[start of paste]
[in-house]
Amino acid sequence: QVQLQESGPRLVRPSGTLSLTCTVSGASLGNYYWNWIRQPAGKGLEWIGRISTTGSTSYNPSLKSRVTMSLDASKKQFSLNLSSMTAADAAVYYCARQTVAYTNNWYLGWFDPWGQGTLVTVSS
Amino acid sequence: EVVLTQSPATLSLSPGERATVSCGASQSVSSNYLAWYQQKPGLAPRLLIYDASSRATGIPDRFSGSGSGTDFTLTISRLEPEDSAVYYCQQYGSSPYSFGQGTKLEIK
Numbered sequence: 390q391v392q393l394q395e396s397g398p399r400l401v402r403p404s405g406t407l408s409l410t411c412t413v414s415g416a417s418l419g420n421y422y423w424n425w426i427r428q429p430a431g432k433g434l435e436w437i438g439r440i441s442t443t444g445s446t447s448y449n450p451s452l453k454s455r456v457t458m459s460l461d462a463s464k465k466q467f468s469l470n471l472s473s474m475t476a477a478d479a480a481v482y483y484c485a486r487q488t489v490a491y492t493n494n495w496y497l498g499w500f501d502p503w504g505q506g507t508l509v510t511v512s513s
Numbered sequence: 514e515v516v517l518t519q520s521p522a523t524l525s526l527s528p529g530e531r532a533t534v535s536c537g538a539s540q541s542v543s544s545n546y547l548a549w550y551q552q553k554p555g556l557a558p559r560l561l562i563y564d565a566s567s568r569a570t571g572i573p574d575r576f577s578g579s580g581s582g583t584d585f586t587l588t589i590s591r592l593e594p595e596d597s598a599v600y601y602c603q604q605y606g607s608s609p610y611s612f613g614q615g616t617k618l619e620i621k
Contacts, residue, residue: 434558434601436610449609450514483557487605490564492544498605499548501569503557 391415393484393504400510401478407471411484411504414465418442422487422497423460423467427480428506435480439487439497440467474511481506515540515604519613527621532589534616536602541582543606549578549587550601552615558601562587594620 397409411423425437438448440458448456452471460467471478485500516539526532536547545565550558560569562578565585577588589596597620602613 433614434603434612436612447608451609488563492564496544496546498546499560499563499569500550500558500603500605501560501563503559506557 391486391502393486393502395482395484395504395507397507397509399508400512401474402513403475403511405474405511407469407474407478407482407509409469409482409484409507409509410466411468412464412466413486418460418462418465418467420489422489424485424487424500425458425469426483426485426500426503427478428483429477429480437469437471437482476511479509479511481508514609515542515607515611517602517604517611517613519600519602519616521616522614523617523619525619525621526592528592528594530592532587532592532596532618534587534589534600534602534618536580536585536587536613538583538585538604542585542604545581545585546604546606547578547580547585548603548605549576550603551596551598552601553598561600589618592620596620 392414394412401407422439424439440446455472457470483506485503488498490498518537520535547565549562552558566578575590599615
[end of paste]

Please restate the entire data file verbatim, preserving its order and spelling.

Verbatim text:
[in-house]
Amino acid sequence: QVQLQESGPRLVRPSGTLSLTCTVSGASLGNYYWNWIRQPAGKGLEWIGRISTTGSTSYNPSLKSRVTMSLDASKKQFSLNLSSMTAADAAVYYCARQTVAYTNNWYLGWFDPWGQGTLVTVSS
Amino acid sequence: EVVLTQSPATLSLSPGERATVSCGASQSVSSNYLAWYQQKPGLAPRLLIYDASSRATGIPDRFSGSGSGTDFTLTISRLEPEDSAVYYCQQYGSSPYSFGQGTKLEIK
Numbered sequence: 390q391v392q393l394q395e396s397g398p399r400l401v402r403p404s405g406t407l408s409l410t411c412t413v414s415g416a417s418l419g420n421y422y423w424n425w426i427r428q429p430a431g432k433g434l435e436w437i438g439r440i441s442t443t444g445s446t447s448y449n450p451s452l453k454s455r456v457t458m459s460l461d462a463s464k465k466q467f468s469l470n471l472s473s474m475t476a477a478d479a480a481v482y483y484c485a486r487q488t489v490a491y492t493n494n495w496y497l498g499w500f501d502p503w504g505q506g507t508l509v510t511v512s513s
Numbered sequence: 514e515v516v517l518t519q520s521p522a523t524l525s526l527s528p529g530e531r532a533t534v535s536c537g538a539s540q541s542v543s544s545n546y547l548a549w550y551q552q553k554p555g556l557a558p559r560l561l562i563y564d565a566s567s568r569a570t571g572i573p574d575r576f577s578g579s580g581s582g583t584d585f586t587l588t589i590s591r592l593e594p595e596d597s598a599v600y601y602c603q604q605y606g607s608s609p610y611s612f613g614q615g616t617k618l619e620i621k
Contacts, residue, residue: 434558434601436610449609450514483557487605490564492544498605499548501569503557 391415393484393504400510401478407471411484411504414465418442422487422497423460423467427480428506435480439487439497440467474511481506515540515604519613527621532589534616536602541582543606549578549587550601552615558601562587594620 397409411423425437438448440458448456452471460467471478485500516539526532536547545565550558560569562578565585577588589596597620602613 433614434603434612436612447608451609488563492564496544496546498546499560499563499569500550500558500603500605501560501563503559506557 391486391502393486393502395482395484395504395507397507397509399508400512401474402513403475403511405474405511407469407474407478407482407509409469409482409484409507409509410466411468412464412466413486418460418462418465418467420489422489424485424487424500425458425469426483426485426500426503427478428483429477429480437469437471437482476511479509479511481508514609515542515607515611517602517604517611517613519600519602519616521616522614523617523619525619525621526592528592528594530592532587532592532596532618534587534589534600534602534618536580536585536587536613538583538585538604542585542604545581545585546604546606547578547580547585548603548605549576550603551596551598552601553598561600589618592620596620 392414394412401407422439424439440446455472457470483506485503488498490498518537520535547565549562552558566578575590599615